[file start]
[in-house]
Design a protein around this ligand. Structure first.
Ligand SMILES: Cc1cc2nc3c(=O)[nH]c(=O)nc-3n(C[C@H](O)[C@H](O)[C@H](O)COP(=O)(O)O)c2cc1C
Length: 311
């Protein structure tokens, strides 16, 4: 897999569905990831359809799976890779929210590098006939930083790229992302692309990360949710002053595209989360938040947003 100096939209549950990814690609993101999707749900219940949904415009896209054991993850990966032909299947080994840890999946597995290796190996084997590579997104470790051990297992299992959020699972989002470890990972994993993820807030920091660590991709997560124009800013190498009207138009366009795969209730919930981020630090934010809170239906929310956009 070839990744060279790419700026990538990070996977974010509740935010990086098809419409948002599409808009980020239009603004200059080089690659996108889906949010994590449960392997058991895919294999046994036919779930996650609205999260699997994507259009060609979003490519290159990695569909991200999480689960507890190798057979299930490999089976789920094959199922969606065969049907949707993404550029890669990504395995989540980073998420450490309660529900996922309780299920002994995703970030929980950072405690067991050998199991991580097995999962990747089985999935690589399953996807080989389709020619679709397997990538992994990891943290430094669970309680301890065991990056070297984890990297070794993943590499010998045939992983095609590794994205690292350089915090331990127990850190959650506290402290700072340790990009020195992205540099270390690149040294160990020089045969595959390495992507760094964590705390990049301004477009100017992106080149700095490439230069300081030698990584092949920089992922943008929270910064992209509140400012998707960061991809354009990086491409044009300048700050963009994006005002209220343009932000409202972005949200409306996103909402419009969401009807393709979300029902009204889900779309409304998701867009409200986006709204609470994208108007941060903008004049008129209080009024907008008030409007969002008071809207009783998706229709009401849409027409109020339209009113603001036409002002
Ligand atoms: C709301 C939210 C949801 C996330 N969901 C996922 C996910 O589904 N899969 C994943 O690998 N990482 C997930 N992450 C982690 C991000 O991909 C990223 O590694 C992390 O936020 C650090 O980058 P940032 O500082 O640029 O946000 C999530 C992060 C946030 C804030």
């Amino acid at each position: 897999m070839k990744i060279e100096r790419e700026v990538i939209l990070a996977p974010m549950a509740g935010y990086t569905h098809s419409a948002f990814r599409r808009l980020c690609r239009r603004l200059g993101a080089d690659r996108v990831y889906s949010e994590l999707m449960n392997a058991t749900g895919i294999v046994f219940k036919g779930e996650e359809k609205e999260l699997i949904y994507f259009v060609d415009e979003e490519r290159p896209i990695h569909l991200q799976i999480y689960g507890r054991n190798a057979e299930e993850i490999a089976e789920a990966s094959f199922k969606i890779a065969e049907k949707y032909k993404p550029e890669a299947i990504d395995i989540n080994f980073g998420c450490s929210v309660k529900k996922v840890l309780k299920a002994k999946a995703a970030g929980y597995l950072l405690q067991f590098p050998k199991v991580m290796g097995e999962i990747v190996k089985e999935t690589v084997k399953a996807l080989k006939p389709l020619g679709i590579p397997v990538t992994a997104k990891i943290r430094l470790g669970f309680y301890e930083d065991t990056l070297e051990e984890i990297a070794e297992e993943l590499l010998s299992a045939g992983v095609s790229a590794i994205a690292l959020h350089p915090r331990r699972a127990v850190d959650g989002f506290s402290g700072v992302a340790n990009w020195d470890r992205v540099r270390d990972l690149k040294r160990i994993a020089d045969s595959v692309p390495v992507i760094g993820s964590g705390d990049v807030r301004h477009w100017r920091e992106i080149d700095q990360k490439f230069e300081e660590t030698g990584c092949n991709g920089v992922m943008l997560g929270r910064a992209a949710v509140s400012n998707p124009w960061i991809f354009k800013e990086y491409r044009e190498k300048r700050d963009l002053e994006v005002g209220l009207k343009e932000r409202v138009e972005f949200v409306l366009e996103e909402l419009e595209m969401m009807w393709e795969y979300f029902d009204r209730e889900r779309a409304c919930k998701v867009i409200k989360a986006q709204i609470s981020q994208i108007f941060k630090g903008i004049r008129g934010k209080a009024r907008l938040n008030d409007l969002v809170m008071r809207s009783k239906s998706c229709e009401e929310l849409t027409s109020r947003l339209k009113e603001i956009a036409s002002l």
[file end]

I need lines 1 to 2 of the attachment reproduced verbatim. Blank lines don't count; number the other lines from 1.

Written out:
[in-house]
Design a protein around this ligand. Structure first.